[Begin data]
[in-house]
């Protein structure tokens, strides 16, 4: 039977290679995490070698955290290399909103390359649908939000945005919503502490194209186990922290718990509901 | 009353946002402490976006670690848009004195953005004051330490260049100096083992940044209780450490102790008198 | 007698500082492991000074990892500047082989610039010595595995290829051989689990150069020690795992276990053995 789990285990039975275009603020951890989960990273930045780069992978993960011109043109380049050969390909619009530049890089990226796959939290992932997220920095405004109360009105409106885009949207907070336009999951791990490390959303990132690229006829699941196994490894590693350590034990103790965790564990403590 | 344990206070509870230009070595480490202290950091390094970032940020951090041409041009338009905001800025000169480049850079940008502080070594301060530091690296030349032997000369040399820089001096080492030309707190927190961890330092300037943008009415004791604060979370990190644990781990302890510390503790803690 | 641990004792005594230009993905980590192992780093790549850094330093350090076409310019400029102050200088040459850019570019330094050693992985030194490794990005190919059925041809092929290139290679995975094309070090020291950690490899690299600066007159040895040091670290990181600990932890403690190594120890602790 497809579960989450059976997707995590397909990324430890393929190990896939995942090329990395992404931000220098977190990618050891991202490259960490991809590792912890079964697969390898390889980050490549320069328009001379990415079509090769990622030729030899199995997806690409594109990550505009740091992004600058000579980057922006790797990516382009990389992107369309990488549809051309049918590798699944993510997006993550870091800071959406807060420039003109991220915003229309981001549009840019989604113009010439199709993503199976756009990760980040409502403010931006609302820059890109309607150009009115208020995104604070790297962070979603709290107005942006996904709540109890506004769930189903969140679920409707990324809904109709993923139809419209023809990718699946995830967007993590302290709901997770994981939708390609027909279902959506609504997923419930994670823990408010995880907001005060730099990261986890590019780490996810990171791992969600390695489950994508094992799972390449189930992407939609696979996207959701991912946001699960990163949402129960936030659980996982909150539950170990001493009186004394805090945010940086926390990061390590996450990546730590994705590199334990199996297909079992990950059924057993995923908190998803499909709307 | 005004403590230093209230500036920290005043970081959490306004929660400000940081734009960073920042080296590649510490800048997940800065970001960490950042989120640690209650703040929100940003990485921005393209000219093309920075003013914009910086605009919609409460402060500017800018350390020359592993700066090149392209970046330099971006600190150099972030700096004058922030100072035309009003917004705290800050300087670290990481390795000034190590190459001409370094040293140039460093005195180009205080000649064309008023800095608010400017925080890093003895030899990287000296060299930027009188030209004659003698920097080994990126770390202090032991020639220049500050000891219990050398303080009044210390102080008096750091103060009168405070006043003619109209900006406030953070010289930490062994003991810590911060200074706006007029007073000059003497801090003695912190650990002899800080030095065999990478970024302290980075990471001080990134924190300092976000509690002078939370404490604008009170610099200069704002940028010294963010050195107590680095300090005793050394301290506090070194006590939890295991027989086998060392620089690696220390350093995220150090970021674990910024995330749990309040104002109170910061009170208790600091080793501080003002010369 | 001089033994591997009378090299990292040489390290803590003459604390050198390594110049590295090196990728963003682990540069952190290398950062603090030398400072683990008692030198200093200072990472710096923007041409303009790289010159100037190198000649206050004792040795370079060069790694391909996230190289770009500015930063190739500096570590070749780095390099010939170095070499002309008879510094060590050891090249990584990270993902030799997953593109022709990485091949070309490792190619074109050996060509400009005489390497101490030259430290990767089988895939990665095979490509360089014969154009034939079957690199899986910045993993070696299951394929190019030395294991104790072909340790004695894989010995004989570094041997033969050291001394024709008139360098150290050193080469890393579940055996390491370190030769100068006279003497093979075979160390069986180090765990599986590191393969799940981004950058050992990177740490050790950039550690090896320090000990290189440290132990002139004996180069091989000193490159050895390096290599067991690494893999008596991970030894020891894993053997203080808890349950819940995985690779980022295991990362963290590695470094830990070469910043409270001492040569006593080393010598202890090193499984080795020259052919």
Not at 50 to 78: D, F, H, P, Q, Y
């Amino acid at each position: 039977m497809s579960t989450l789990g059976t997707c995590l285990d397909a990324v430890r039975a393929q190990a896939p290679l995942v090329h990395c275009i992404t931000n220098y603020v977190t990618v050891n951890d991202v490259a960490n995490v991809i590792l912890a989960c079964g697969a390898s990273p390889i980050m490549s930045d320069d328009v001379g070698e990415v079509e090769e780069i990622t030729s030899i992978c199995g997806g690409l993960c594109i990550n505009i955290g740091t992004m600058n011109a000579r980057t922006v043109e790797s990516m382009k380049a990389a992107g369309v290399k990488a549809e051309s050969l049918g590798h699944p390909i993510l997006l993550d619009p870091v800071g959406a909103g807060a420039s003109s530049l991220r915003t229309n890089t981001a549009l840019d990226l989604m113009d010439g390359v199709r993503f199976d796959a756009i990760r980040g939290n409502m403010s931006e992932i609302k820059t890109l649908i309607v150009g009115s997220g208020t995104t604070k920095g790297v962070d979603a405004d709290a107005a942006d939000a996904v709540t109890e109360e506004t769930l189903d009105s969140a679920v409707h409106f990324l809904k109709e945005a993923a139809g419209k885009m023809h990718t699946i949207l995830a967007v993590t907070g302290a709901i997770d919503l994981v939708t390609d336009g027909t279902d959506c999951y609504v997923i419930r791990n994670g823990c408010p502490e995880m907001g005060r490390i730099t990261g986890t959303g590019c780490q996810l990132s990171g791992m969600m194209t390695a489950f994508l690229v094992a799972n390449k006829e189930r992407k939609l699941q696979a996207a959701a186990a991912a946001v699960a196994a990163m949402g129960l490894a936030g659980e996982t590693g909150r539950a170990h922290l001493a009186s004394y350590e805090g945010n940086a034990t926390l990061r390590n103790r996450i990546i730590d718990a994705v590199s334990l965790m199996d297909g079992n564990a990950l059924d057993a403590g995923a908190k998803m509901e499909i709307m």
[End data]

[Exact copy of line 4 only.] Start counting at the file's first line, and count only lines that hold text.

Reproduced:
């Amino acid at each position: 039977m497809s579960t989450l789990g059976t997707c995590l285990d397909a990324v430890r039975a393929q190990a896939p290679l995942v090329h990395c275009i992404t931000n220098y603020v977190t990618v050891n951890d991202v490259a960490n995490v991809i590792l912890a989960c079964g697969a390898s990273p390889i980050m490549s930045d320069d328009v001379g070698e990415v079509e090769e780069i990622t030729s030899i992978c199995g997806g690409l993960c594109i990550n505009i955290g740091t992004m600058n011109a000579r980057t922006v043109e790797s990516m382009k380049a990389a992107g369309v290399k990488a549809e051309s050969l049918g590798h699944p390909i993510l997006l993550d619009p870091v800071g959406a909103g807060a420039s003109s530049l991220r915003t229309n890089t981001a549009l840019d990226l989604m113009d010439g390359v199709r993503f199976d796959a756009i990760r980040g939290n409502m403010s931006e992932i609302k820059t890109l649908i309607v150009g009115s997220g208020t995104t604070k920095g790297v962070d979603a405004d709290a107005a942006d939000a996904v709540t109890e109360e506004t769930l189903d009105s969140a679920v409707h409106f990324l809904k109709e945005a993923a139809g419209k885009m023809h990718t699946i949207l995830a967007v993590t907070g302290a709901i997770d919503l994981v939708t390609d336009g027909t279902d959506c999951y609504v997923i419930r791990n994670g823990c408010p502490e995880m907001g005060r490390i730099t990261g986890t959303g590019c780490q996810l990132s990171g791992m969600m194209t390695a489950f994508l690229v094992a799972n390449k006829e189930r992407k939609l699941q696979a996207a959701a186990a991912a946001v699960a196994a990163m949402g129960l490894a936030g659980e996982t590693g909150r539950a170990h922290l001493a009186s004394y350590e805090g945010n940086a034990t926390l990061r390590n103790r996450i990546i730590d718990a994705v590199s334990l965790m199996d297909g079992n564990a990950l059924d057993a403590g995923a908190k998803m509901e499909i709307m």